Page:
“Scenes from the passion” Lent devotion for Monday, February 22, 2021. Photo by Nathan Dumlao on Unsplash
And on the first day of Unleavened Bread, when they sacrificed the Passover lamb, [Jesus’] disciples said to him, “Where will you have us go and prepare for you to eat the Passover?” And he sent two of his disciples and said to them, “Go into the city, and a man carrying a jar of water will meet you. Follow him, and wherever he enters, say to the master of the house, ‘The Teacher says, Where is my guest room, where I may eat the Passover with my disciples?’ And he will show you a large upper room furnished and ready; there prepare for us.” And the disciples set out and went to the city and found it just as he had told them, and they prepared the Passover. (Mark 14:12-16)
“Let’s go get something to eat.” “Okay. Where do you want to go?”
At any given moment, countless friends, couples and families are having that discussion. Do you prefer fast food, a favorite restaurant, down by the beach, take-out to bring home, an all-you-can-eat-buffet, or somewhere you can watch the game? The choices seem endless.
On the first day of Unleavened Bread, just about everyone in Jerusalem is on the same page. “Where are we going to eat the Passover?” The disciples and Jesus have been observing this festival their whole lives. Having just arrived in Jerusalem a few days ago, it’s time to get ready for this year’s meal.
We really covered a lot of ground today. Our group left the hotel about 8 am. Our first stop was Temple Mount. The security line was short and the crowds were few, but we also couldn’t go inside due to remodeling work being done today. Even so, the Dome of the Rock was beautiful under clear blue skies.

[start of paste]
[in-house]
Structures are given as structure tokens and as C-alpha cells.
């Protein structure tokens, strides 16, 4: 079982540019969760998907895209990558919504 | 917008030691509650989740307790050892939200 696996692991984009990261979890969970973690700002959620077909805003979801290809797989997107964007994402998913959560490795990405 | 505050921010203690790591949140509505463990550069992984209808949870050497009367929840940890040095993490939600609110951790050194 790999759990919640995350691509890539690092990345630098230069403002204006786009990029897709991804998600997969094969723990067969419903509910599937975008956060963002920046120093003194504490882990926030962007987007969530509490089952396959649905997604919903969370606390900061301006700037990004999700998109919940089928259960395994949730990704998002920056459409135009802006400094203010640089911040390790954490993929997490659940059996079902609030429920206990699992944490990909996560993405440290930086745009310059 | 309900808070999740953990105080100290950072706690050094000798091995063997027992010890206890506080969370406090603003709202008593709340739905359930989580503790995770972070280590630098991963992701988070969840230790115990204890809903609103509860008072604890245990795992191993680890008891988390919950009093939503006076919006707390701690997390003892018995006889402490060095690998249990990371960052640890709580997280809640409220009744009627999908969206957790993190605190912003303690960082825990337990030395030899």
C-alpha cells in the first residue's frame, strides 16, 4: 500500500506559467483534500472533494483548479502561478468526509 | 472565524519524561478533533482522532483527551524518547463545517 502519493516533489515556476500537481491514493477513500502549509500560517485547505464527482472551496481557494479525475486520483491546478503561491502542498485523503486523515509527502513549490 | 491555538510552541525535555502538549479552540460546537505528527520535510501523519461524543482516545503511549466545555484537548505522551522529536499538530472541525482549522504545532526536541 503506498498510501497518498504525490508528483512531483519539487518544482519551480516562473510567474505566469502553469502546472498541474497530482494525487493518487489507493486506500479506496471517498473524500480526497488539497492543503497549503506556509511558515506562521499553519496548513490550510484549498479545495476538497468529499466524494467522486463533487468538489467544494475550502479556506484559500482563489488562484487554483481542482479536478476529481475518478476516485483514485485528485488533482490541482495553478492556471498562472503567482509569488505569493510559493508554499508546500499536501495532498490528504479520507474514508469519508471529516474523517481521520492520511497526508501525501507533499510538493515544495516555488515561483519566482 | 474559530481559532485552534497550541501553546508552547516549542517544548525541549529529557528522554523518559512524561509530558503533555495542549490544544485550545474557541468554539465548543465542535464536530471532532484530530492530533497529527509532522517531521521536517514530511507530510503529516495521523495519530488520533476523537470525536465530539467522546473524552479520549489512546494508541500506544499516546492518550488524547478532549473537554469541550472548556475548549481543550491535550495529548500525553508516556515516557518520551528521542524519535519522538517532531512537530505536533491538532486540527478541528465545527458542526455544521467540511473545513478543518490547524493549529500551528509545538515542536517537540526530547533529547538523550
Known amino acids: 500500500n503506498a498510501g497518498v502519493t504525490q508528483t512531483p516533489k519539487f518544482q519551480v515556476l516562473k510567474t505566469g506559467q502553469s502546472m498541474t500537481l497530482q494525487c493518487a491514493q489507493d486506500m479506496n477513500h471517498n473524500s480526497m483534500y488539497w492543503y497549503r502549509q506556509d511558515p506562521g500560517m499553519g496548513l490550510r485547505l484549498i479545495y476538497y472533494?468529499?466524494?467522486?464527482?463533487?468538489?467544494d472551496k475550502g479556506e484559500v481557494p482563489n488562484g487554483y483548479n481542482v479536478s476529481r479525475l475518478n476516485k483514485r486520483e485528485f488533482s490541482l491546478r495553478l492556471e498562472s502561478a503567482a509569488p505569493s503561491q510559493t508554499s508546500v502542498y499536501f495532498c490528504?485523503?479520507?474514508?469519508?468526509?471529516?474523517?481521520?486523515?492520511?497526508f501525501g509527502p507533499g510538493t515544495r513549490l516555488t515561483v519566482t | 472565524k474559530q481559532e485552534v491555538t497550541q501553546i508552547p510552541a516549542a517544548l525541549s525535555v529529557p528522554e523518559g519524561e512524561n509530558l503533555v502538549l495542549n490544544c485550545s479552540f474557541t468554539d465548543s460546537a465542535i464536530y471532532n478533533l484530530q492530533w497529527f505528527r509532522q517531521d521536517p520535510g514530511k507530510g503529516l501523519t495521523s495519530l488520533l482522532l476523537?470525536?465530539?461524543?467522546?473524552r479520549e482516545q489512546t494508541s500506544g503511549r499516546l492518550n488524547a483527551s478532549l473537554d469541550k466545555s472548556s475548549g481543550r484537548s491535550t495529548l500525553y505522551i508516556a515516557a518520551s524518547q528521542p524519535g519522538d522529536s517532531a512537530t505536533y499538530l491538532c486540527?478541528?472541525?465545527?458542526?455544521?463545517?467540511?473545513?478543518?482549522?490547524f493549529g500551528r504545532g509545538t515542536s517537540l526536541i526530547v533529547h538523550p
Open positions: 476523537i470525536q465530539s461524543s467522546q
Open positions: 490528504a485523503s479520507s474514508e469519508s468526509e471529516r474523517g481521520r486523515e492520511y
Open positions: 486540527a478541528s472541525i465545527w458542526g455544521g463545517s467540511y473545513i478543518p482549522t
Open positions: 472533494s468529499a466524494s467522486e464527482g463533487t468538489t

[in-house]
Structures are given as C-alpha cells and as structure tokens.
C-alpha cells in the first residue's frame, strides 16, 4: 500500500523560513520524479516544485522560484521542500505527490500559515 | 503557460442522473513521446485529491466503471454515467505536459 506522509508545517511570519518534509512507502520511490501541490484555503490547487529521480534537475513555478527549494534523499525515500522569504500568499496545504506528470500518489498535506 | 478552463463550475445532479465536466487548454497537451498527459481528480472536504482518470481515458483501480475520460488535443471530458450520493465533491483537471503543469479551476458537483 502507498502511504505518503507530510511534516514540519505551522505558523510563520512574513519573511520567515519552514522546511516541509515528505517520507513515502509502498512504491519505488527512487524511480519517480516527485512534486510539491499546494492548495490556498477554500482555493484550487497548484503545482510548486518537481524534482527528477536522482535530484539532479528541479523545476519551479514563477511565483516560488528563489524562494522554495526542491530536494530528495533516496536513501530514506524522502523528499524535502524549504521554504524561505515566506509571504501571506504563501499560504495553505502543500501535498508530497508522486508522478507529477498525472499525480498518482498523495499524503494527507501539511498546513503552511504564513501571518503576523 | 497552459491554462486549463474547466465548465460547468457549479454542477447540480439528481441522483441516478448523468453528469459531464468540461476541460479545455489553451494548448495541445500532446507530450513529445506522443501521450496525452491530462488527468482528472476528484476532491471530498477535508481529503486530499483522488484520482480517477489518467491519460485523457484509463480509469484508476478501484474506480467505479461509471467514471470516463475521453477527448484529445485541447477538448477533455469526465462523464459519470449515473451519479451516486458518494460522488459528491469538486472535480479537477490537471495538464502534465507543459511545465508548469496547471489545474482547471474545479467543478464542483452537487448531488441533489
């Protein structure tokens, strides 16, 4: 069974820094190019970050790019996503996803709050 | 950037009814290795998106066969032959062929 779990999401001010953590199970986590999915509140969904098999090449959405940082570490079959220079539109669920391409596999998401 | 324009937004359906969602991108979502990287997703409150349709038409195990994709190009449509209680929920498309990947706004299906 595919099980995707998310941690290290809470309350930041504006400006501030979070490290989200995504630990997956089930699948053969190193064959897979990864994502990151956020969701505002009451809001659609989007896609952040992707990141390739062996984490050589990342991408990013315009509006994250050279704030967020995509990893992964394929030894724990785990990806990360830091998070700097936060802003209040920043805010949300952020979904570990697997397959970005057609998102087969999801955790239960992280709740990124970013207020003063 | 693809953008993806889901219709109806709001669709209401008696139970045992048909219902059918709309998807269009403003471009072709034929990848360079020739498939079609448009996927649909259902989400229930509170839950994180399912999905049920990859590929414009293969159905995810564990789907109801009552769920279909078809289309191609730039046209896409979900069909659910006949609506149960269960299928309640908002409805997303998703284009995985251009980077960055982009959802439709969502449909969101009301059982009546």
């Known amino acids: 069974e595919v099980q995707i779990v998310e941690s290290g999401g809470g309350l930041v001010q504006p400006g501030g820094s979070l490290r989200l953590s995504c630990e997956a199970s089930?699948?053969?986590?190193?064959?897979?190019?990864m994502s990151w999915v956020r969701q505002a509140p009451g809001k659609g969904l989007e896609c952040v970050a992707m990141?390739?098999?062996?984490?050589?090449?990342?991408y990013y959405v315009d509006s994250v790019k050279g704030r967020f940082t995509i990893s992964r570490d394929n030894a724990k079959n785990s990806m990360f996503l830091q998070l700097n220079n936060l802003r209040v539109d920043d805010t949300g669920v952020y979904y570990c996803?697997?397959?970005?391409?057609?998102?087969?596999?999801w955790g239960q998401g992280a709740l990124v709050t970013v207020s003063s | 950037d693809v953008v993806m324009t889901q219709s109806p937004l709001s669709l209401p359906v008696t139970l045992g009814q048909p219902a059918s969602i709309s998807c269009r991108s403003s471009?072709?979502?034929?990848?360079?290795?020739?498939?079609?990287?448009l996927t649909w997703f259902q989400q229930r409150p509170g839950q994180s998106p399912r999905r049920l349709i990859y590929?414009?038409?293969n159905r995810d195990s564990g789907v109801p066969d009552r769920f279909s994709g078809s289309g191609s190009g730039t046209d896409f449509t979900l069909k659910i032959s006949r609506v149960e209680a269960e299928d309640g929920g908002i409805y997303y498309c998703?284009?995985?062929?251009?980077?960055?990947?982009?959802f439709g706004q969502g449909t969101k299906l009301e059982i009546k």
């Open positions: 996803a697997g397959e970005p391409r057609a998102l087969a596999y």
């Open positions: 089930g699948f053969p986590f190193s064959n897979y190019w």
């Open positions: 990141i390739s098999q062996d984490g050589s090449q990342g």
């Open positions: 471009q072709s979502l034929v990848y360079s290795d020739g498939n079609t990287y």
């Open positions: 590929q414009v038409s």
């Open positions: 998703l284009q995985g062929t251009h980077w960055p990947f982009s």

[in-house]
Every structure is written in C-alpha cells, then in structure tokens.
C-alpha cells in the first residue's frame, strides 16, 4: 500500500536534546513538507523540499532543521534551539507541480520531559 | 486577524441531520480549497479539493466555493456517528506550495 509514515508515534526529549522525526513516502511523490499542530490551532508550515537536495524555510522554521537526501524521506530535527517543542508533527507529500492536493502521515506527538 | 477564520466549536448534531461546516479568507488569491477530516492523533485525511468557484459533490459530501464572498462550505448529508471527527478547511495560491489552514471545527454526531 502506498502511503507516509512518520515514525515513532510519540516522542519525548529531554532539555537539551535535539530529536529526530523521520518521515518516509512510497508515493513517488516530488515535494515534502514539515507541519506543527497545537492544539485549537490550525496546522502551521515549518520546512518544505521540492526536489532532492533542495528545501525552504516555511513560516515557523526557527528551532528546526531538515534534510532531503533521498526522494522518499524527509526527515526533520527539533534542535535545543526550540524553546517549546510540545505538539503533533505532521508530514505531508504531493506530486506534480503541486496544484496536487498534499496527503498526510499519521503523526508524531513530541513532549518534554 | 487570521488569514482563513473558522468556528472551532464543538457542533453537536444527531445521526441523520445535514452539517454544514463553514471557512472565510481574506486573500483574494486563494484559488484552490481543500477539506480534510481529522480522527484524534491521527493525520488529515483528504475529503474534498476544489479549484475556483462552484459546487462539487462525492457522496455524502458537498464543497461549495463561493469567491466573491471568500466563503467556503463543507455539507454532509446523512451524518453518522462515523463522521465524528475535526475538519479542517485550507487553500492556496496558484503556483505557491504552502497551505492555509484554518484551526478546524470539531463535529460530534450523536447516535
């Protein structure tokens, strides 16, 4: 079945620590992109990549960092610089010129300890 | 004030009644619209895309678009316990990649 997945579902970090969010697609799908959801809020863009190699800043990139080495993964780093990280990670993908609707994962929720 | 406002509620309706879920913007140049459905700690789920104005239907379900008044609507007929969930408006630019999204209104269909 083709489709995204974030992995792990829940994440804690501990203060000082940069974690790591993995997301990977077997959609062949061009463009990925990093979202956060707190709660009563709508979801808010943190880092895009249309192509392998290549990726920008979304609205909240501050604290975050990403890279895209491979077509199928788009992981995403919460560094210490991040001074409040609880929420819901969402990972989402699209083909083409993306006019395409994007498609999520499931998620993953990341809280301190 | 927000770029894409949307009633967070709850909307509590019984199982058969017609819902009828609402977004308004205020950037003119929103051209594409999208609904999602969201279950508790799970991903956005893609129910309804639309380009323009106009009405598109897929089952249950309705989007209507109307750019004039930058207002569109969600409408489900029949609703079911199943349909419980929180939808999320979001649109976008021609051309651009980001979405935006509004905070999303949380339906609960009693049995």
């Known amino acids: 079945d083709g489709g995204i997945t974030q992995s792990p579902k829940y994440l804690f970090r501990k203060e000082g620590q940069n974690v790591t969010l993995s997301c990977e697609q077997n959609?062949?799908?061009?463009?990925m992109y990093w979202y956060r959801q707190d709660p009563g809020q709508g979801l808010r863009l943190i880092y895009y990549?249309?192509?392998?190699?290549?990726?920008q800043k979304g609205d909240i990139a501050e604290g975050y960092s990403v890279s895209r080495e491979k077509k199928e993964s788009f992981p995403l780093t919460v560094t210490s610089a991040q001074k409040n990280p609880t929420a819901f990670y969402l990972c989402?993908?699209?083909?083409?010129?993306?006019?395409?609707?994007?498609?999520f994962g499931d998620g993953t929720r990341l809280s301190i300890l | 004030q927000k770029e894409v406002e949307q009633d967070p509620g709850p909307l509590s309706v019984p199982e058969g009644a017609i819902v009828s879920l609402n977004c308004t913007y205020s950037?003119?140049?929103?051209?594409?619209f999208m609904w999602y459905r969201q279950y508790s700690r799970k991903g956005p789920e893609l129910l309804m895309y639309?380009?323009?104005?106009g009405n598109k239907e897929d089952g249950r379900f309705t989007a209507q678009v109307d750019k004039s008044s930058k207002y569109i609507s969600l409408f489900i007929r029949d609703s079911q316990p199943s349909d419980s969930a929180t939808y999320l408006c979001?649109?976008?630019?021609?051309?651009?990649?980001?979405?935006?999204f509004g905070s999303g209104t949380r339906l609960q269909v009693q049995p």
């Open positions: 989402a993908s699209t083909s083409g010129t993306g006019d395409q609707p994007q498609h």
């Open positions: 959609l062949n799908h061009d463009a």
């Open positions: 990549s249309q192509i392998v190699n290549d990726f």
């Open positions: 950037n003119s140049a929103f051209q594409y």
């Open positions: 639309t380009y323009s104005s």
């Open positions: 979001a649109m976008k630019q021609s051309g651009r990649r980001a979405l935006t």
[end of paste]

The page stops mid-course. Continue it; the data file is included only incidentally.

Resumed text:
We next headed to the Western wall of Herod’s temple to join many others in prayer. I went to the left with the men, while the women went to the right. The crowd was still small when we arrived.
I watched with interest as many sang psalms and said prayers while others place their carefully written prayers into the cracks in the wall.
We walked further down the western side of the wall and marveled at the size of the stones used to build the wall over 2,000 years ago.
Rounding the corner, my wife and I ran up the southern steps as had many pilgrims before us. The steps are different widths, to keep folks from running too fast.
On the way to King David’s tomb, we ran into a special Jewish family celebration. A little three-year old boy was about to get his first haircut! He didn’t seem too happy about it, but the family and many bystanders joined in songs, cheering, and a blue and white balloon release.
Even though King David probably isn’t buried there, I was fascinated by the location of his tomb. Men and women entered on separate sides. Chairs were filled with men praying and reading psalms. I appreciated the reverent atmosphere of that room.
The upper room we visited probably wasn’t the site of Jesus’ Passover meal with his disciples, but we went to that place as well. More Muslim than Christian in design, it was much larger than I would have expected it to be.
As we walked through the Jewish quarter, we paused to look at some of the old wall of Jerusalem, from the time of Solomon. There isn’t much from the first temple period, so I appreciated this ancient site.
Caiaphas’ house is where Jesus was taken after his arrest in the Garden of Gethsemane and where Peter denied knowing Jesus three times. The house include some deep pits where Jesus May have been held prisoner before his trial. I read Psalm 88 to our group, and we thought about the only One we can cry out to for help when we’re “in the pit.”
The very last place on our tour was Golgotha and the Garden Tomb. This place was simple and was more like a place where Jesus could have been crucified, buried and the resurrected. We met for communion and a chorus of “Jesus Christ is Risen Today” before we rode back to our hotel.
Tomorrow is a free day. I think we’re going to go back and wander around the Old City again, and spend some time at the market.